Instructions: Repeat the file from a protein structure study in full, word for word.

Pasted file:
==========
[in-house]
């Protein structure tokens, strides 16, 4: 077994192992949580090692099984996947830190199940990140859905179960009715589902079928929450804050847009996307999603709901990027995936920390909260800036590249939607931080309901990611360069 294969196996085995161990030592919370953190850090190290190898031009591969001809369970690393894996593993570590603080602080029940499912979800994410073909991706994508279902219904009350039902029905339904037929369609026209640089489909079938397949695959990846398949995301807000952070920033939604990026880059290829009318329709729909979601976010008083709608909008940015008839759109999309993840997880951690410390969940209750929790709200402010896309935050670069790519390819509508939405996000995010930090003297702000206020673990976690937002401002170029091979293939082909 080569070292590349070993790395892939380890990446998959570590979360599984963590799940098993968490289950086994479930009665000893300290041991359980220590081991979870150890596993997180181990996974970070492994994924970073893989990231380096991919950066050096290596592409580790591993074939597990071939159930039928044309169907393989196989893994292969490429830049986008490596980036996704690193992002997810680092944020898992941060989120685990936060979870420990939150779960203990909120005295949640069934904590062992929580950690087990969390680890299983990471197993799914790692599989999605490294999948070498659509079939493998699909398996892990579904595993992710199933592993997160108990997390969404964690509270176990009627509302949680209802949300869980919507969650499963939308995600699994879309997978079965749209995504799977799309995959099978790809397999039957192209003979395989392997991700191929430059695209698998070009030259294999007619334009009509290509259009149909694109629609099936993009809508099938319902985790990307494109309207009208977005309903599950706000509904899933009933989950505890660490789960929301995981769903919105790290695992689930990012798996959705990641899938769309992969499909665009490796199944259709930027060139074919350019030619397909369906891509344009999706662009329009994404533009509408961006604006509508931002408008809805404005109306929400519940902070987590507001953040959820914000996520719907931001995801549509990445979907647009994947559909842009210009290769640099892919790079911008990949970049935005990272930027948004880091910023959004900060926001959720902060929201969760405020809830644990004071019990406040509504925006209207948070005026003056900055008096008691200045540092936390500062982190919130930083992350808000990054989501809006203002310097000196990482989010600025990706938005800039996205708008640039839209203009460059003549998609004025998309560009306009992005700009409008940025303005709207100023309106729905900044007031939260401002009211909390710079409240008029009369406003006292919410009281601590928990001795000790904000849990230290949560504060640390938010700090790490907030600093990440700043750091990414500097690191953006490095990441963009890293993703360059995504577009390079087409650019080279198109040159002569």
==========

[in-house]
């Protein structure tokens, strides 16, 4: 077994192992949580090692099984996947830190199940990140859905179960009715589902079928929450804050847009996307999603709901990027995936920390909260800036590249939607931080309901990611360069 294969196996085995161990030592919370953190850090190290190898031009591969001809369970690393894996593993570590603080602080029940499912979800994410073909991706994508279902219904009350039902029905339904037929369609026209640089489909079938397949695959990846398949995301807000952070920033939604990026880059290829009318329709729909979601976010008083709608909008940015008839759109999309993840997880951690410390969940209750929790709200402010896309935050670069790519390819509508939405996000995010930090003297702000206020673990976690937002401002170029091979293939082909 080569070292590349070993790395892939380890990446998959570590979360599984963590799940098993968490289950086994479930009665000893300290041991359980220590081991979870150890596993997180181990996974970070492994994924970073893989990231380096991919950066050096290596592409580790591993074939597990071939159930039928044309169907393989196989893994292969490429830049986008490596980036996704690193992002997810680092944020898992941060989120685990936060979870420990939150779960203990909120005295949640069934904590062992929580950690087990969390680890299983990471197993799914790692599989999605490294999948070498659509079939493998699909398996892990579904595993992710199933592993997160108990997390969404964690509270176990009627509302949680209802949300869980919507969650499963939308995600699994879309997978079965749209995504799977799309995959099978790809397999039957192209003979395989392997991700191929430059695209698998070009030259294999007619334009009509290509259009149909694109629609099936993009809508099938319902985790990307494109309207009208977005309903599950706000509904899933009933989950505890660490789960929301995981769903919105790290695992689930990012798996959705990641899938769309992969499909665009490796199944259709930027060139074919350019030619397909369906891509344009999706662009329009994404533009509408961006604006509508931002408008809805404005109306929400519940902070987590507001953040959820914000996520719907931001995801549509990445979907647009994947559909842009210009290769640099892919790079911008990949970049935005990272930027948004880091910023959004900060926001959720902060929201969760405020809830644990004071019990406040509504925006209207948070005026003056900055008096008691200045540092936390500062982190919130930083992350808000990054989501809006203002310097000196990482989010600025990706938005800039996205708008640039839209203009460059003549998609004025998309560009306009992005700009409008940025303005709207100023309106729905900044007031939260401002009211909390710079409240008029009369406003006292919410009281601590928990001795000790904000849990230290949560504060640390938010700090790490907030600093990440700043750091990414500097690191953006490095990441963009890293993703360059995504577009390079087409650019080279198109040159002569």